Breeding progress on track in Tasmania

By Dairy News

Accurate record keeping and data collection has always been at the heart of Mark Kerr’s operation.

But now the dairy farmer from Winnaleah in north-east Tasmania has refocused his business to make the most of this information.

A huge increase in fertility — resulting in a tighter-natural seasonal calving pattern — has just been one of the benefits.

“Since I took over from Dad, we introduced mating programs into the herd, focused on fertility with our breeding and now we have more replacements and we had no inductions this calving season,” Mark said.

“It has taken four to five years to get there, but now, when I look at our Genetic Progress Report all the arrows are heading the right way.”

Mark tracks the progress of his 445-head herd comprising Holsteins and Holstein-Jersey crosses against the national average using DataGene’s Genetic Progress Report.

Mastitis resistance, protein and milkfat have been his biggest breeding gains, despite a focus on fertility, reflecting how he selects his bulls.

“I sit down with the local AI representative in the lead-up to mating season and go through some bulls, they are predominantly Australian from the Good Bulls Guide,” he said.

“Fertility is a non-negotiable; bulls have to be between 104 to 110, and I like them to be ranked as high as possible on the BPI (Balanced Performance Index).”

Mark said the BPI suits his grass-based system, which includes fodder crops throughout the summer and 4 kg of grain/cow/day in the bail.

“The BPI covers everything that is important to my business.”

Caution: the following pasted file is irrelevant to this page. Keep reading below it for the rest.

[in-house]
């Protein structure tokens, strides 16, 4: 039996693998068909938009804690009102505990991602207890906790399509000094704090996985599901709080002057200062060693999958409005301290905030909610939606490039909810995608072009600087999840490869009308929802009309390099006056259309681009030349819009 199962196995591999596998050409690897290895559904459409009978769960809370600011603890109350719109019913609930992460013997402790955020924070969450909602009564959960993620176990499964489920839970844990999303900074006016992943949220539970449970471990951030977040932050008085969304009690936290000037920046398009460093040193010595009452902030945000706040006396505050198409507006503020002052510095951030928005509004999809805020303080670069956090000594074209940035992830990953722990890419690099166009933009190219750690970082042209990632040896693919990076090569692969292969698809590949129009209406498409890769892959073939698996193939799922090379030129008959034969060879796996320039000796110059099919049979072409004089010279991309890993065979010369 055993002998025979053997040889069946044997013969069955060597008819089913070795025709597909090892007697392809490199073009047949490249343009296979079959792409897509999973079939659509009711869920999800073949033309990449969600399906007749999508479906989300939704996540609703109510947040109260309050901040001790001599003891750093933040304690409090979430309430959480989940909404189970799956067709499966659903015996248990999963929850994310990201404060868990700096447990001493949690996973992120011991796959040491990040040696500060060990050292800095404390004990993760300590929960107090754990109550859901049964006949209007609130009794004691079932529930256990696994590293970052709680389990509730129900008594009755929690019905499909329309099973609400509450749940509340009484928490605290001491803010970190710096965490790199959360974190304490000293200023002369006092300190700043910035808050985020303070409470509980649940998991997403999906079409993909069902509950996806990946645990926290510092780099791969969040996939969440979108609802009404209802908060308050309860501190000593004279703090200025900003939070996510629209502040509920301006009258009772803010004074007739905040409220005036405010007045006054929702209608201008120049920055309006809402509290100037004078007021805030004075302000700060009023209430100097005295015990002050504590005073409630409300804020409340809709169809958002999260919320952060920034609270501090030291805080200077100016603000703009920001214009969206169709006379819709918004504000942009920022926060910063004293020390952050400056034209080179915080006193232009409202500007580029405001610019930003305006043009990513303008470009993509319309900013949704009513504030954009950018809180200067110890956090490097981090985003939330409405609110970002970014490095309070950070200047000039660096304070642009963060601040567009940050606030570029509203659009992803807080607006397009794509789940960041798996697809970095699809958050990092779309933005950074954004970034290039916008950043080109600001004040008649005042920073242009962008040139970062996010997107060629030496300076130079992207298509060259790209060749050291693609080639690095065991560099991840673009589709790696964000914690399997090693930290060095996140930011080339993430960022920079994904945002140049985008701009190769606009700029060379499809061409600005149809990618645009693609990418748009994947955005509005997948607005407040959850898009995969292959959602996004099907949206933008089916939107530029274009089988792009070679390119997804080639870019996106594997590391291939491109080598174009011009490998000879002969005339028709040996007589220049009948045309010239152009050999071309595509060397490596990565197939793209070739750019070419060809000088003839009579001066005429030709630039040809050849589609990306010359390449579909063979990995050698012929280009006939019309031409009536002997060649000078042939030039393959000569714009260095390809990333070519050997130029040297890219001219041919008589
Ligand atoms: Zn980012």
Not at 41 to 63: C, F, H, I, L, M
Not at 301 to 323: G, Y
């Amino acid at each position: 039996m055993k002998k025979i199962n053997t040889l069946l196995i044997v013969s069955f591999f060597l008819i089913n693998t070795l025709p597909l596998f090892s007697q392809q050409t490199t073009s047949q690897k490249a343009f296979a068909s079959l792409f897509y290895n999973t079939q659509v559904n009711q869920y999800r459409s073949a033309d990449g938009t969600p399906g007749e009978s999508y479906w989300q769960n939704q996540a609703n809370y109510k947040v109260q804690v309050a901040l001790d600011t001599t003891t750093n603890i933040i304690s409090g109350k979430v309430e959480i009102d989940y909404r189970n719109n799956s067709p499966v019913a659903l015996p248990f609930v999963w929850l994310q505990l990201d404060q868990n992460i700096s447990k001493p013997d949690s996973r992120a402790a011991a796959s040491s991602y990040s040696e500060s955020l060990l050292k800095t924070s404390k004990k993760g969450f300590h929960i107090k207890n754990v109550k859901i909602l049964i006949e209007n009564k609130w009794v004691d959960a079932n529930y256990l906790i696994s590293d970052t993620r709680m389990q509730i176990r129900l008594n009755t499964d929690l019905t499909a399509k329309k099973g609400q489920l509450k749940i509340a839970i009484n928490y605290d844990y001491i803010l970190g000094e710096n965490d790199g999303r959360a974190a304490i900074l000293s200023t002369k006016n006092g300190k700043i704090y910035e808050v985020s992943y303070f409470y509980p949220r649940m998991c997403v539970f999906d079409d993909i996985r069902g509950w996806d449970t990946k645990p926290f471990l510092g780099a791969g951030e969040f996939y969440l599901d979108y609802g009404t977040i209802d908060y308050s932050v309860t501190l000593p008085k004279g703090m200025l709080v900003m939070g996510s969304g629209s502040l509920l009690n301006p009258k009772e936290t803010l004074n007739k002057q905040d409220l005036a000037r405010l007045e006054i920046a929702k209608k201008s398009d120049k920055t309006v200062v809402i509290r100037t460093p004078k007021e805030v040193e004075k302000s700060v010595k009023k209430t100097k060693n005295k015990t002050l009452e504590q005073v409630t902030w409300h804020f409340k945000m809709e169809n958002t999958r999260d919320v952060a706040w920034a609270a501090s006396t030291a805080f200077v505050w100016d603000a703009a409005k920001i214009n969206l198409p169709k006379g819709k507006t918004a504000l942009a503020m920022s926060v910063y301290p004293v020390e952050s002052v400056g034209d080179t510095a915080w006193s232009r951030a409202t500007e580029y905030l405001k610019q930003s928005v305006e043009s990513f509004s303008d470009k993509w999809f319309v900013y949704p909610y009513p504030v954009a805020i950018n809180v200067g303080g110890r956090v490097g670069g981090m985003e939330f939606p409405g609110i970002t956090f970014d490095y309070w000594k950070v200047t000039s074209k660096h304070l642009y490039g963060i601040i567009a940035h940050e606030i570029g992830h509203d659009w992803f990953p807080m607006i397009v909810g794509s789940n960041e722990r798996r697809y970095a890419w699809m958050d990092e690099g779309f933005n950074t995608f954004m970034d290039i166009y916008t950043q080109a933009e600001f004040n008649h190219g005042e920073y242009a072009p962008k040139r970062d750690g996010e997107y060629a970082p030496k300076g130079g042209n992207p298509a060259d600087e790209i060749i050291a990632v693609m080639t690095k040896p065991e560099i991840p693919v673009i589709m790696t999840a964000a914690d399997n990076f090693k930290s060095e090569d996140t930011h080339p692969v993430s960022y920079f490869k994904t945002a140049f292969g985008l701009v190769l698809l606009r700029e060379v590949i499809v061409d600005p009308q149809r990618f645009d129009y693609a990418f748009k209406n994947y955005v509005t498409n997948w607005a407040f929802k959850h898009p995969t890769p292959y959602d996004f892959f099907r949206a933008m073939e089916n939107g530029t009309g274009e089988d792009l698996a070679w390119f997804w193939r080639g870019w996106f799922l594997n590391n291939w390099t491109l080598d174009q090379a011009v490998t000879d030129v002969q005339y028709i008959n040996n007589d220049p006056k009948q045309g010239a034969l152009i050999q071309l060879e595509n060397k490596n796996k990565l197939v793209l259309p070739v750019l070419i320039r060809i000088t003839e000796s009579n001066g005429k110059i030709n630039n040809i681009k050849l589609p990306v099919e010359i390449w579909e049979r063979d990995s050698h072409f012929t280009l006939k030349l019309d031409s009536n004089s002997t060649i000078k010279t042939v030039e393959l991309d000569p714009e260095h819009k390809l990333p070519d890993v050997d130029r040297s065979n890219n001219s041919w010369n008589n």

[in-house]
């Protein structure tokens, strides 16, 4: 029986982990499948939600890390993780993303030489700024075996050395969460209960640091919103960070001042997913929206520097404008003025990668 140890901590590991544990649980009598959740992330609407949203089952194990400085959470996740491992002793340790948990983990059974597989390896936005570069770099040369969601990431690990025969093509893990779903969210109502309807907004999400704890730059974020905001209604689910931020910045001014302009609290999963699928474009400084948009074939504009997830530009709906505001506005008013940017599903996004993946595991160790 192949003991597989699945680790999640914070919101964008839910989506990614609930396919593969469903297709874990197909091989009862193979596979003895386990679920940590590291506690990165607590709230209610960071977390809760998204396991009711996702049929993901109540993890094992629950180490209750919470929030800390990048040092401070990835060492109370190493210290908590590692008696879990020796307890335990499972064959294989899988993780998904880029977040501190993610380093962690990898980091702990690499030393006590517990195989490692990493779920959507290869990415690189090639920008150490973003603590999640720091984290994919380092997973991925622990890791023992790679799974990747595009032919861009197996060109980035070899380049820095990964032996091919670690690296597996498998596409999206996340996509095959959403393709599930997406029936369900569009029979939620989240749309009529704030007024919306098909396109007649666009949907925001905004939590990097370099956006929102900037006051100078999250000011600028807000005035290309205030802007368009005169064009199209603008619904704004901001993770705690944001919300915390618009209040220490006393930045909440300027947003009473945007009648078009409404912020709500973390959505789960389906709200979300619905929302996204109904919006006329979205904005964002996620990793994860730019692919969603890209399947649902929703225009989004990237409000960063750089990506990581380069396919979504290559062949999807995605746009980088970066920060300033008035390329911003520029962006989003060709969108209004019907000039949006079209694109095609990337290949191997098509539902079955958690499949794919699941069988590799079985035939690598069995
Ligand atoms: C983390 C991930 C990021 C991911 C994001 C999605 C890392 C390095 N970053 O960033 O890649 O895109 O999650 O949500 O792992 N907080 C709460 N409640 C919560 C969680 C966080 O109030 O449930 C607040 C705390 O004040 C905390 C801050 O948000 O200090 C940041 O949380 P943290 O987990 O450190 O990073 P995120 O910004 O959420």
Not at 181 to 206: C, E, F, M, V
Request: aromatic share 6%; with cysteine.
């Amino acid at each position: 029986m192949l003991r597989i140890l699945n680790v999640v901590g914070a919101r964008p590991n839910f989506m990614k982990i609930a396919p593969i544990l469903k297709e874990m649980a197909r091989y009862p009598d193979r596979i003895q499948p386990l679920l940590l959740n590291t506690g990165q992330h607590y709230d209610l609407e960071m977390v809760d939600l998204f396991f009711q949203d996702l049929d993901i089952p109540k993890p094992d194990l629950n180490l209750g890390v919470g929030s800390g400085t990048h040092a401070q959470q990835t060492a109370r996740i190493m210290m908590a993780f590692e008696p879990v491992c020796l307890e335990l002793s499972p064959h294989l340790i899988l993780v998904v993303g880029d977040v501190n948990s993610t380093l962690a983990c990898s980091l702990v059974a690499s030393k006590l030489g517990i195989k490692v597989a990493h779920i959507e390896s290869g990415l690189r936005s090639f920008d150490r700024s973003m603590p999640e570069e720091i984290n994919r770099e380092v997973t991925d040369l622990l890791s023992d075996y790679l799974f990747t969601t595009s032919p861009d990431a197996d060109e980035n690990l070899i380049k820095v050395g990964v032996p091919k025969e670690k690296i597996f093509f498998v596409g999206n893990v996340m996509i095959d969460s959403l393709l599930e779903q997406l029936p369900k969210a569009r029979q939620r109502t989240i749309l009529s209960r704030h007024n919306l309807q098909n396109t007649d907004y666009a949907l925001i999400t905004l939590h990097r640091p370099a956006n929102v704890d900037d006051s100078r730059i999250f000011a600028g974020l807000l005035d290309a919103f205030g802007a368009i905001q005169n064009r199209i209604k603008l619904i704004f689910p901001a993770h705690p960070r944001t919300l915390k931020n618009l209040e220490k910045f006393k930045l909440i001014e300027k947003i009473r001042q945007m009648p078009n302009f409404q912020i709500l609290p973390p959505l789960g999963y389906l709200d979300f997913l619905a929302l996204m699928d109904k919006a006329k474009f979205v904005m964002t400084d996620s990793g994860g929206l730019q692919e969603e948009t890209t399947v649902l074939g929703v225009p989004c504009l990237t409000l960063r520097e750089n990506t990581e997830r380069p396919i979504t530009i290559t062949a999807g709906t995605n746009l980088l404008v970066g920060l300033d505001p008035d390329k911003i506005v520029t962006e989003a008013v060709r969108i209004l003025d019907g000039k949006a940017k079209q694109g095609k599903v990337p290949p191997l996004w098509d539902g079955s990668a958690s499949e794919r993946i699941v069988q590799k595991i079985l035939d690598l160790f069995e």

The BPI is an economic index, including a blend of productivity, type and health traits to maximise profit — in-line with farmer preferences.

Apart from fertility, Mark has focused on maintaining a medium-frame cow — about 500 kg liveweight — with good feet, as one part of the farm requires an 8 km round-trip to the dairy.

Looking to the future with genomics

The herd’s excellent records meant his business was the perfect fit for Ginfo, the dairy industry’s national reference database for genetic information. One of the benefits is that participating herds have their first lactation heifers classified and genomic (DNA) tested.

New to Ginfo, Mark is looking forward to having his next crop of replacement heifers tested and then will test the calves.

“Last season I had 60 surplus calves,” he said. “The dilemma I had was, ‘Which 60 do I sell?’ I look at the mother of all those calves, go-off the herd test. She might be a good cow, but if you have more information on those calves you make better decisions. I’m worried, that I could have been selling calves that could have ended-up being good cows.”

After success using sexed semen for mating his maiden heifers, Mark had 220 heifer calves this year and only requires 120. This year’s retention decisions will be based on genomics.

Five years into taking over from his farther Darryn, Mark is “looking forward to getting to know the genetics of the herd”.

“I herd test, so I have got information on those cows, and herd testing comes in handy for mating, but to know that a certain cow’s is ‘such-and-such’ BPI and ‘good for this and good for that’ will make mating decisions even better,” Mark said.

As well as helping with breeding decisions, Mark expects genomics to add long-term value to his business.

“I’d like to think, one day down the track, that I’d have the whole herd genomically tested and if I wanted to retire and sell the herd, I’d like to think my cows would be worth a lot more money,” Mark said.

“Also, if I had excess, I could sell to export or another dairy farmer. If they want to buy 60 heifer calves, they should be worth more with more information.

“I can show them a report which will say ‘this cow is this BPI and the bull was this BPI’, it has got to make my cattle worth more. I know if I was buying cattle, the more information the better. Into the future, selling to export, there might be a premium for calves that are genetically tested.”

As a fourth-generation dairy farmer, Mark said his father − the third generation − has been surprised by the technological advances in the industry.

“He said, ‘Whoever thought you could DNA test a calf?’ I didn’t ever think we’d be able to.”